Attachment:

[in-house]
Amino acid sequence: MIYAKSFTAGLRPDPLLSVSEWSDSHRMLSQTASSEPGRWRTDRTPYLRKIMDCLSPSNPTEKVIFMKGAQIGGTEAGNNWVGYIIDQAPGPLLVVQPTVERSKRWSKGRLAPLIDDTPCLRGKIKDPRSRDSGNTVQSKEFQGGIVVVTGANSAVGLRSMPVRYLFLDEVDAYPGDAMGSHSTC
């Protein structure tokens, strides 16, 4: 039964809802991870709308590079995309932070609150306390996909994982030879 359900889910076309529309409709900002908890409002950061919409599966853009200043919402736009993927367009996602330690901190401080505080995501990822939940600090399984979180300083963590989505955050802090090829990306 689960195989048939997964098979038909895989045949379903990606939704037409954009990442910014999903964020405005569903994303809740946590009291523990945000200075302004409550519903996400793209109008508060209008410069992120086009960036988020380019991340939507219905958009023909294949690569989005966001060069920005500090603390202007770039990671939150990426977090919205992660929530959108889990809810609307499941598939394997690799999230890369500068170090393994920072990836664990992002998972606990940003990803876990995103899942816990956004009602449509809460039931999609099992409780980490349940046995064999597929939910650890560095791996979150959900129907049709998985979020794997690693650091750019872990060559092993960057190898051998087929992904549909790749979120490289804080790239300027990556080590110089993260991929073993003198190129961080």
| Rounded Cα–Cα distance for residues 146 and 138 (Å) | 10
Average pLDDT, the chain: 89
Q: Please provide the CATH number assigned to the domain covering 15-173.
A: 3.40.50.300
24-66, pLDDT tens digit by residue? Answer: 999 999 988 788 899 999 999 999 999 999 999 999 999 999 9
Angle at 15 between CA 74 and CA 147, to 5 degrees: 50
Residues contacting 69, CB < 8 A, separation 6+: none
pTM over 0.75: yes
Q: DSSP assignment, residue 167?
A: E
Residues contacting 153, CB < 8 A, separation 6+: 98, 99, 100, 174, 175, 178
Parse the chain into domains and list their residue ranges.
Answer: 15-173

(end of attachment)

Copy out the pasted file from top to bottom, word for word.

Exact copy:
[in-house]
Amino acid sequence: MIYAKSFTAGLRPDPLLSVSEWSDSHRMLSQTASSEPGRWRTDRTPYLRKIMDCLSPSNPTEKVIFMKGAQIGGTEAGNNWVGYIIDQAPGPLLVVQPTVERSKRWSKGRLAPLIDDTPCLRGKIKDPRSRDSGNTVQSKEFQGGIVVVTGANSAVGLRSMPVRYLFLDEVDAYPGDAMGSHSTC
């Protein structure tokens, strides 16, 4: 039964809802991870709308590079995309932070609150306390996909994982030879 359900889910076309529309409709900002908890409002950061919409599966853009200043919402736009993927367009996602330690901190401080505080995501990822939940600090399984979180300083963590989505955050802090090829990306 689960195989048939997964098979038909895989045949379903990606939704037409954009990442910014999903964020405005569903994303809740946590009291523990945000200075302004409550519903996400793209109008508060209008410069992120086009960036988020380019991340939507219905958009023909294949690569989005966001060069920005500090603390202007770039990671939150990426977090919205992660929530959108889990809810609307499941598939394997690799999230890369500068170090393994920072990836664990992002998972606990940003990803876990995103899942816990956004009602449509809460039931999609099992409780980490349940046995064999597929939910650890560095791996979150959900129907049709998985979020794997690693650091750019872990060559092993960057190898051998087929992904549909790749979120490289804080790239300027990556080590110089993260991929073993003198190129961080």
| Rounded Cα–Cα distance for residues 146 and 138 (Å) | 10
Average pLDDT, the chain: 89
Q: Please provide the CATH number assigned to the domain covering 15-173.
A: 3.40.50.300
24-66, pLDDT tens digit by residue? Answer: 999 999 988 788 899 999 999 999 999 999 999 999 999 999 9
Angle at 15 between CA 74 and CA 147, to 5 degrees: 50
Residues contacting 69, CB < 8 A, separation 6+: none
pTM over 0.75: yes
Q: DSSP assignment, residue 167?
A: E
Residues contacting 153, CB < 8 A, separation 6+: 98, 99, 100, 174, 175, 178
Parse the chain into domains and list their residue ranges.
Answer: 15-173